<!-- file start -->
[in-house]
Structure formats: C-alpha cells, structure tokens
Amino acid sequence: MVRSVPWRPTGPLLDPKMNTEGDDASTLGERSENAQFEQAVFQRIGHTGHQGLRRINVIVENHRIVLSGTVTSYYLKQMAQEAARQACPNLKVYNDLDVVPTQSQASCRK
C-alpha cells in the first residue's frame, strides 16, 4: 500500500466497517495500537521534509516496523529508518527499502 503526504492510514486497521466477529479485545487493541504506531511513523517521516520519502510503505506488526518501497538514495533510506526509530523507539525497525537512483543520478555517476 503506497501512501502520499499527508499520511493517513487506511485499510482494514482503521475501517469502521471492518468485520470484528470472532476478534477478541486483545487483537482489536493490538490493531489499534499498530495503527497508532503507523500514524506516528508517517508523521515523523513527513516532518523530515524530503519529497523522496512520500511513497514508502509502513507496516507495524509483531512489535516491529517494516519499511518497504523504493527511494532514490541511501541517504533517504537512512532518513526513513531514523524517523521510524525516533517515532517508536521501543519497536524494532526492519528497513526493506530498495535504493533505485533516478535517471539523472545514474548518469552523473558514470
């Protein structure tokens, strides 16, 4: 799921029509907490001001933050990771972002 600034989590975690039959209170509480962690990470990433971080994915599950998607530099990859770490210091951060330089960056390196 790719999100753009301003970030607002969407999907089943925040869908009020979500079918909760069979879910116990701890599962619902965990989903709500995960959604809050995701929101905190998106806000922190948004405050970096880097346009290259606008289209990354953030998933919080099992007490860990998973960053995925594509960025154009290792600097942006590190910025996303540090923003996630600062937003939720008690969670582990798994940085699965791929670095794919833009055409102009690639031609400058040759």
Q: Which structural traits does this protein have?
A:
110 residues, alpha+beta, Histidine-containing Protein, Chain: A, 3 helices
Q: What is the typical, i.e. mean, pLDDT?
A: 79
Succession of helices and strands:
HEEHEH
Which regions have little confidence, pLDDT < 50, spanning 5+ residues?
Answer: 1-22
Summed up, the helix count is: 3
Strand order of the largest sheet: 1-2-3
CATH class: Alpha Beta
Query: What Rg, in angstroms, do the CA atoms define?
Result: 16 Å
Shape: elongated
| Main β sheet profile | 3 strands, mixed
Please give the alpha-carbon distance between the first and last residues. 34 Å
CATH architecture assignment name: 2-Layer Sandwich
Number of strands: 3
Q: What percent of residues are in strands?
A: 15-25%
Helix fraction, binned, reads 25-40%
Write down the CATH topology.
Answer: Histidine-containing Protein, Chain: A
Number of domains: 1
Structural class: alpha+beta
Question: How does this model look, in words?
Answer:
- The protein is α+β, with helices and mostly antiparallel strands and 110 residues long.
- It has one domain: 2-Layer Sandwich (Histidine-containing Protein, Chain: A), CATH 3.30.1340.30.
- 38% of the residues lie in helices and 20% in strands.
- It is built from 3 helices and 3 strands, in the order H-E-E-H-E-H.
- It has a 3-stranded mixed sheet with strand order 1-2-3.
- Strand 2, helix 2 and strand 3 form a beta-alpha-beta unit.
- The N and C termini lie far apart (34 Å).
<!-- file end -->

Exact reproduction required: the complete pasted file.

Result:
[in-house]
Structure formats: C-alpha cells, structure tokens
Amino acid sequence: MVRSVPWRPTGPLLDPKMNTEGDDASTLGERSENAQFEQAVFQRIGHTGHQGLRRINVIVENHRIVLSGTVTSYYLKQMAQEAARQACPNLKVYNDLDVVPTQSQASCRK
C-alpha cells in the first residue's frame, strides 16, 4: 500500500466497517495500537521534509516496523529508518527499502 503526504492510514486497521466477529479485545487493541504506531511513523517521516520519502510503505506488526518501497538514495533510506526509530523507539525497525537512483543520478555517476 503506497501512501502520499499527508499520511493517513487506511485499510482494514482503521475501517469502521471492518468485520470484528470472532476478534477478541486483545487483537482489536493490538490493531489499534499498530495503527497508532503507523500514524506516528508517517508523521515523523513527513516532518523530515524530503519529497523522496512520500511513497514508502509502513507496516507495524509483531512489535516491529517494516519499511518497504523504493527511494532514490541511501541517504533517504537512512532518513526513513531514523524517523521510524525516533517515532517508536521501543519497536524494532526492519528497513526493506530498495535504493533505485533516478535517471539523472545514474548518469552523473558514470
């Protein structure tokens, strides 16, 4: 799921029509907490001001933050990771972002 600034989590975690039959209170509480962690990470990433971080994915599950998607530099990859770490210091951060330089960056390196 790719999100753009301003970030607002969407999907089943925040869908009020979500079918909760069979879910116990701890599962619902965990989903709500995960959604809050995701929101905190998106806000922190948004405050970096880097346009290259606008289209990354953030998933919080099992007490860990998973960053995925594509960025154009290792600097942006590190910025996303540090923003996630600062937003939720008690969670582990798994940085699965791929670095794919833009055409102009690639031609400058040759």
Q: Which structural traits does this protein have?
A:
110 residues, alpha+beta, Histidine-containing Protein, Chain: A, 3 helices
Q: What is the typical, i.e. mean, pLDDT?
A: 79
Succession of helices and strands:
HEEHEH
Which regions have little confidence, pLDDT < 50, spanning 5+ residues?
Answer: 1-22
Summed up, the helix count is: 3
Strand order of the largest sheet: 1-2-3
CATH class: Alpha Beta
Query: What Rg, in angstroms, do the CA atoms define?
Result: 16 Å
Shape: elongated
| Main β sheet profile | 3 strands, mixed
Please give the alpha-carbon distance between the first and last residues. 34 Å
CATH architecture assignment name: 2-Layer Sandwich
Number of strands: 3
Q: What percent of residues are in strands?
A: 15-25%
Helix fraction, binned, reads 25-40%
Write down the CATH topology.
Answer: Histidine-containing Protein, Chain: A
Number of domains: 1
Structural class: alpha+beta
Question: How does this model look, in words?
Answer:
- The protein is α+β, with helices and mostly antiparallel strands and 110 residues long.
- It has one domain: 2-Layer Sandwich (Histidine-containing Protein, Chain: A), CATH 3.30.1340.30.
- 38% of the residues lie in helices and 20% in strands.
- It is built from 3 helices and 3 strands, in the order H-E-E-H-E-H.
- It has a 3-stranded mixed sheet with strand order 1-2-3.
- Strand 2, helix 2 and strand 3 form a beta-alpha-beta unit.
- The N and C termini lie far apart (34 Å).